Questioning Creatives


This article was written on 12 Dec 2012, and is filled under illustrators.

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Eleanor Taylor

Hi my name is Eleanor Taylor, I am 25 years old and I live in Brighton, England.  I grew up in Hampshire and studied for a BA in Illustration at Norwich School of Art and Design.  A year after graduating I went on to do an MA at the Royal College of Art.  I graduated in 2011 and lived in London for a year before moving down to the coast.  I have been published in Granta and Ambit, and was nominated for the Jerwood Drawing Prize 2012.

When did you decide you wanted to be illustrator?
I was home educated until the age of 16.  Creativity was always encouraged and around the age of 12 I cleared out the garden shed and turned it into a studio.  I decided I would work towards going to the local sixth form college to do a full time BTEC art course and studied the minimum amount of academic subjects so I could get in.  The rest of the time I froze myself to death in the shed drawing oil cans and rather bad copies of Pre-Raphaelite women.  My parents were really supportive and without their encouragement I might not have taken this path in life.

Would you recommend studying at art school?
Absolutely.  It was a tough old time but also a brilliant one.  I felt like I didn’t have a style and worried about my work and how it would fit in.  I still do.  But it was a fantastic experience to meet a load of other people who have the same interests.  Perhaps one of the best things about art school was being exposed to great art, music, film and books which have been a huge source of inspiration.   Without having gone to art school I would be completely oblivious of all the fantastic material out there.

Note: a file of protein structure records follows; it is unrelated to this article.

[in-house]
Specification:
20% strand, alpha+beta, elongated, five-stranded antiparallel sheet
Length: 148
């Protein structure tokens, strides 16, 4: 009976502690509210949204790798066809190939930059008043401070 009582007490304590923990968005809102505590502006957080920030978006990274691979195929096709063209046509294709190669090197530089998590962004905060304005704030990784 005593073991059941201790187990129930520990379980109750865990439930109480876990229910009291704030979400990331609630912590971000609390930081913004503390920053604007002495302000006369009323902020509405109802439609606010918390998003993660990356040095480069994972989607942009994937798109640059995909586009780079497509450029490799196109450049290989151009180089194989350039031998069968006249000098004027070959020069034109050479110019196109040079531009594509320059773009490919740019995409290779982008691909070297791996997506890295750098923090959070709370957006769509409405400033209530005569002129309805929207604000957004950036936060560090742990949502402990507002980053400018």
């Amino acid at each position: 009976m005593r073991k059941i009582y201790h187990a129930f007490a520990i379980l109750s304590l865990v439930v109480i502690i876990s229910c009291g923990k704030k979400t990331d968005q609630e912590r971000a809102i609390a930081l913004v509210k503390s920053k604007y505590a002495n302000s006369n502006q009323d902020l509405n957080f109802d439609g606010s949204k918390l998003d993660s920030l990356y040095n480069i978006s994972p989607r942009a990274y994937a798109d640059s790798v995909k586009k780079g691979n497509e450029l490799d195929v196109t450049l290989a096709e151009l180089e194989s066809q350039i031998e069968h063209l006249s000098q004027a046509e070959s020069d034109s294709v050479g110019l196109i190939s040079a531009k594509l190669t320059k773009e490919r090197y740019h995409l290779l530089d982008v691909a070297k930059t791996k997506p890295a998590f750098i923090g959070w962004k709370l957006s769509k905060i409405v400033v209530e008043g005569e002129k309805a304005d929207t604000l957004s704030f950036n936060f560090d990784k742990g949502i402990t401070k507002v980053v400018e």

How long was it before illustration became your primary form of income?
It still isn’t!  I feel like it is very much early days. I have to work in a shop part-time to cover my bills while I work on my illustration.  This isn’t so bad as I think it gives me even more drive to work towards illustration being my primary source of income.

Could you describe your typical day?
I get up around eight thirty.  I am very lucky as my boyfriend makes me a cup of tea every morning!  It takes me a little while to get started as I am not a morning person.  I like to check emails and read a bit of news then I head to the studio for around ten.  It is freezing at the moment and with no heating I have to layer up and wear fingerless gloves or else my hands freeze.  At the studio I draw, experiment, start new pieces, get frustrated, rip up paper and start again.  Then I head home around five thirty.  This is because my feet have frozen and if I stay any longer I won’t be able to walk.  As the studio has no internet connection or scanner, I bring home work and do my digital touch ups and colouring in the evening.  I like to get all the thinking done in the studio and then easier tasks at home in the evening.

What do you wish you’d known when you first started out?
Not to be shy and just to get the work out there and not worry so much.  I wish I had been more business savvy – this is something I am still learning.

What’s the best thing about being an illustrator?
Being my own boss, drawing and doing what I love.  And of course tea breaks whenever I fancy.

What’s the worst thing about being an illustrator?
Self doubt, worrying about money and if I will work in a shop part-time for ever!

If you weren’t an illustrator, what would you be?
I would carry on making my work.  Pretty much what I do now.

Any other tips you could share?
Always have your own projects to work on and make sure something is achieved every day be it little or small.

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